Kurtis in Florida: With the signing of Logan Ryan, do the Giants have a competent secondary to compete and be a Top 10 secondary in the league this year?
John Schmeelk: The Giants' secondary is certainly better, but it would be premature to rank any NFL secondary before games are played. Joe Judge and Dave Gettleman spoke last week about using Ryan in a number of different spots, which could indicate he might be used as more of an inside cornerback and box player in a cornerback/safety hybrid role in various sub-packages than as a pure cornerback. It would still leave big roles for relatively unproven cornerbacks on the outside across from James Bradberry - and potentially in the slot - if Ryan doesn't fill that role immediately. No matter who wins those jobs, they will be unproven as NFL starters.
Phil in New York: While I agree that Logan Ryan is a solid player, with a winning pedigree, and strong veteran leadership, was he really worth signing? Doesn't this take away developmental opportunities from the younger players? Why would a team that is not competing for a title use capital on a one-year solution when they should be thinking long term?
John Schmeelk: The Giants want to win football games this year and Ryan will help them do it. With Xavier McKinney sidelined for an extended period of time, there will be snaps available that are not going to be filled by a high-profile draft pick. Ryan can step into that role and play well, and help the team win games. There is also room at cornerback without taking away snaps from young players who the team believes have bright futures. The position had a dearth of experienced, accomplished players, and Ryan fills a huge need there. Being a better, more competitive team also helps young players develop.
Bobby in New York: Now that training camp winds down, and cuts are inevitable, how many wide receivers do you think Joe Judge and Jason Garrett keep in their offense (or maybe for special teams)? And which receivers land on the 2020 expanded practice squad?
John Schmeelk: It will be very tough for this coaching staff to cut the receiver position. The only four wide receivers who are highly likely to land on the final 53-man roster are Sterling Shepard, Golden Tate, Darius Slayton, and Corey Coleman. After those four veterans, the rest of the spots are up for grabs among the youngsters in camp.
If history is any indication, the team will keep six wide receivers if they can get significant special teams contributions from at least one of those players, like they did from Cody Core last season. David Sills, Alex Bachman, Austin Mack, CJ Board and Binjimen Victor have had productive moments in camp. The team determining which of those players are more likely to slip through waivers and onto the practice squad might determine where they all land.
The Giants have signed cornerback Logan Ryan.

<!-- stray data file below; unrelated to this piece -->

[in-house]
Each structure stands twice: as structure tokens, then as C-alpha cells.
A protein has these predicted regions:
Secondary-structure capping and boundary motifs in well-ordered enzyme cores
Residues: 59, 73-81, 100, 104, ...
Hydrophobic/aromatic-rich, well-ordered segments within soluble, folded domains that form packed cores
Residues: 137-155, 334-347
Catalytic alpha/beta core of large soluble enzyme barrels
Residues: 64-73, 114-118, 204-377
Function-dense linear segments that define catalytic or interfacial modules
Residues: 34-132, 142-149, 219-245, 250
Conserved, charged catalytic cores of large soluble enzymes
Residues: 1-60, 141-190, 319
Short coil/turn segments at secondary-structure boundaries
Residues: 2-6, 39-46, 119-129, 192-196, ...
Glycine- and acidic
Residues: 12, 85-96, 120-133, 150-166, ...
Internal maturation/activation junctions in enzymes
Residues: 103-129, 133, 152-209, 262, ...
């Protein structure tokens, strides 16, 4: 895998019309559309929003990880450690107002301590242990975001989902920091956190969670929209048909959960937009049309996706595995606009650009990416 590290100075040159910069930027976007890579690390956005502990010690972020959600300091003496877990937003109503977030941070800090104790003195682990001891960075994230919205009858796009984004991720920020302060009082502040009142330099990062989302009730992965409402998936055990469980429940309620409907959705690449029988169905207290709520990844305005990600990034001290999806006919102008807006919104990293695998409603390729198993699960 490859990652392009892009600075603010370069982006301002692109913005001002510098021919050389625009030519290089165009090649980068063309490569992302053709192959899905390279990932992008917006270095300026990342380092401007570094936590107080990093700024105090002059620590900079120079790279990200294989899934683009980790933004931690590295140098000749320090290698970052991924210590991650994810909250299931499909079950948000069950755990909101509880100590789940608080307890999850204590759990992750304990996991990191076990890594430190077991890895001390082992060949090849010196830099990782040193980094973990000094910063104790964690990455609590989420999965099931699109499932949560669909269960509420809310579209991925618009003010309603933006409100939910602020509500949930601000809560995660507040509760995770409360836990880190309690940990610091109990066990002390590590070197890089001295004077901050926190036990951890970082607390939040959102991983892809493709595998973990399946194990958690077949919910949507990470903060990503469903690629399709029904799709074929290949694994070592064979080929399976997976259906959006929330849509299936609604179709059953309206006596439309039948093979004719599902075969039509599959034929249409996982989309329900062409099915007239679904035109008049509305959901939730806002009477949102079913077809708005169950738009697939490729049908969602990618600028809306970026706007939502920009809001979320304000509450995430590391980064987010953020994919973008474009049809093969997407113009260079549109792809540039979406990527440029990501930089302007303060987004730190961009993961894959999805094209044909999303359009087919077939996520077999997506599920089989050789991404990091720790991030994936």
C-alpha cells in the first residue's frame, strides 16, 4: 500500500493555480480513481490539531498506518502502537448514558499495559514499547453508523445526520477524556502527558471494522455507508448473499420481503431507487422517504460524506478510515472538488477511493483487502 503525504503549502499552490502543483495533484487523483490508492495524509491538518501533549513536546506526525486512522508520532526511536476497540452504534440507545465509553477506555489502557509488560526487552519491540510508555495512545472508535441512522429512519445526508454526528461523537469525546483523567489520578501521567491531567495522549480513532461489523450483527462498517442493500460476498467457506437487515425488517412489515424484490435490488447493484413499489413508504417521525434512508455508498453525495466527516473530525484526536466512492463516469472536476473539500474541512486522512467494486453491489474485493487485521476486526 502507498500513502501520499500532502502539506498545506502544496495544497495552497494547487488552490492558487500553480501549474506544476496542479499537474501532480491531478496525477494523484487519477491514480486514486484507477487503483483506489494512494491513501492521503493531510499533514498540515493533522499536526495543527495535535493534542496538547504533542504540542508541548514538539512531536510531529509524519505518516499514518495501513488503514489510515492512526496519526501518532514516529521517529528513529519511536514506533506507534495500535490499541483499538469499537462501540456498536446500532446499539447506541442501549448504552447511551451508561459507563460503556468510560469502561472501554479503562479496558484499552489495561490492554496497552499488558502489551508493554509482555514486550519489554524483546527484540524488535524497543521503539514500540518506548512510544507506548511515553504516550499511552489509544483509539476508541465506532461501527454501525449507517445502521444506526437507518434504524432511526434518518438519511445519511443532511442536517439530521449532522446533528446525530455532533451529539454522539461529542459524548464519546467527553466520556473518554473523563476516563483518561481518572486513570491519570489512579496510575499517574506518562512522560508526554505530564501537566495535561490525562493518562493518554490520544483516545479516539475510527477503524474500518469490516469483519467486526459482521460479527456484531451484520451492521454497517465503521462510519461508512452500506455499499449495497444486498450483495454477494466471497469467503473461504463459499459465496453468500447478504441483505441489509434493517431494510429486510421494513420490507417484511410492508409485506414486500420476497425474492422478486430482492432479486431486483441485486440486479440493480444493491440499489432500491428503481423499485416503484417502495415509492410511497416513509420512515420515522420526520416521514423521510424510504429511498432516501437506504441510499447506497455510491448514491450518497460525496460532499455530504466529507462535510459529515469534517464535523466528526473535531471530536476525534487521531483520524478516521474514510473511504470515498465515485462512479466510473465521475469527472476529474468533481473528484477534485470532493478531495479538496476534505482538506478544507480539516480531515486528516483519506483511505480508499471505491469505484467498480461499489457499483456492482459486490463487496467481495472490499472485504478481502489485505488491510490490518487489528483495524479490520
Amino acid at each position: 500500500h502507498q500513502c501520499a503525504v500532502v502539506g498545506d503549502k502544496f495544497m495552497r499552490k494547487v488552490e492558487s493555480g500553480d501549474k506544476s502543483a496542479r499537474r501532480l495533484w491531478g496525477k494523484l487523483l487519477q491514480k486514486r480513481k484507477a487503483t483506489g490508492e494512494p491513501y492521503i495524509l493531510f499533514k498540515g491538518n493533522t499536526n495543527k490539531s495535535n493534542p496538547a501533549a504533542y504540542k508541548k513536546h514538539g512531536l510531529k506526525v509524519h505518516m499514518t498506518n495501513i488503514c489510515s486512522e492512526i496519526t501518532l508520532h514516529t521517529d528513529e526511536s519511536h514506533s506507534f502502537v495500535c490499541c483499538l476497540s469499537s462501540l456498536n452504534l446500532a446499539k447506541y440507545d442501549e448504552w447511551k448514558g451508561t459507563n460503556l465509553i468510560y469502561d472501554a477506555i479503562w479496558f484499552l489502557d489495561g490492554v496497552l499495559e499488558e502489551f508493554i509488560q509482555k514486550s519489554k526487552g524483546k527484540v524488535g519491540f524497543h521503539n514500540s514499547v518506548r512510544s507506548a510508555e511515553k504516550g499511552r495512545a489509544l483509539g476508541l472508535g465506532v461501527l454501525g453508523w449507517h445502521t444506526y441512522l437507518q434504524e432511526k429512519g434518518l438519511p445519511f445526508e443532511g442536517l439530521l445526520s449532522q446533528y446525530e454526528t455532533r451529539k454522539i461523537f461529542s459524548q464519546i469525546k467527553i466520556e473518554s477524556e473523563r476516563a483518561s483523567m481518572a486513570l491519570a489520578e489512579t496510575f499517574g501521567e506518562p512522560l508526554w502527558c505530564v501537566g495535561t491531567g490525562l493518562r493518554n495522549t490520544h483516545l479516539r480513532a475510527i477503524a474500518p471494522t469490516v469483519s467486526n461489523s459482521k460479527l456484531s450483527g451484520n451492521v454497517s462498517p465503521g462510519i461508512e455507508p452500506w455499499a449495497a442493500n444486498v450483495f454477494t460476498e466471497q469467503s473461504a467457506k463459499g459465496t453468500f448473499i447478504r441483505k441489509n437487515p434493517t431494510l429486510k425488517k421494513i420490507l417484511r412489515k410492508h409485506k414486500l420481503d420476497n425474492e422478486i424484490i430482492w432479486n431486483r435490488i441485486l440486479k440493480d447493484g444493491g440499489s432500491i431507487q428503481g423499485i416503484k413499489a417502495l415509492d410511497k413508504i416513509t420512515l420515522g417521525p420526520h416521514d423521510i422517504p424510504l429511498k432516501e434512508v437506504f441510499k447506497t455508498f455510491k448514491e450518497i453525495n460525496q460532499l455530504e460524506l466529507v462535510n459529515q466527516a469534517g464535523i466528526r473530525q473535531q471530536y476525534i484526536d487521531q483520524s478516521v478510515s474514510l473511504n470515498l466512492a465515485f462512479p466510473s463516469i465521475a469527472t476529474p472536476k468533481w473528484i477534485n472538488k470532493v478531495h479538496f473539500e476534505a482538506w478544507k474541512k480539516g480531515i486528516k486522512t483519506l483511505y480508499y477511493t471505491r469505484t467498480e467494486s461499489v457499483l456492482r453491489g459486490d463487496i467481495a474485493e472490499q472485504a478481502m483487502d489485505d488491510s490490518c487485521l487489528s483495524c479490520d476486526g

Nolan in New York: Is there a time limit/period with a player who flashed but gets waived, such as Javon Leake or Christian Angoulo, to be added to the practice squad?
John Schmeelk: Practice squads are not formed until after the waiver process is completed after the final cuts over Labor Day Weekend. No players can be added to practice squads until then.
Joe in Iowa: I think the most exciting thing this year is our new head coach. Is there a clear difference between Joe Judge's group and say Pat Shurmur's or Ben McAdoo's teams? And if so, in what way does Judge's squad stand out?
John Schmeelk: I wish I could give you a better answer answer than "we'll have to wait and see," but I can't. We haven't seen these players in a competitive situation against another team yet. One constant refrain I hear from everyone around the team, including the players, is that the new coaching staff exhibits an overwhelming attention to detail. There also seems to be an understanding of accountability for players to perform their specific roles above all else and for them to avoid mental mistakes.
Paul in Austria: I'm a Giants supporter from Austria, Europe. Of course, I'm incredibly excited about the addition of Sandro Platzgummer to the roster, given that Sandro is the first player from Austria in the NFL in almost 40 years. Is there any real chance for Sandro to make the final roster? What's his competition and how many RBs are likely going to make the team?
John Schmeelk: Platzgummer has gotten opportunities with the rest of the running backs, but this kind of shortened training camp is tough on players who are not expected to be starters or primary back-ups. Reps are very limited in practice because there isn't a lot of time on the field. Someone like Platzgummer might be best suited in a developmental role on the practice squad given the unique challenges of the season.
View photos of the Giants' active roster as it currently stands.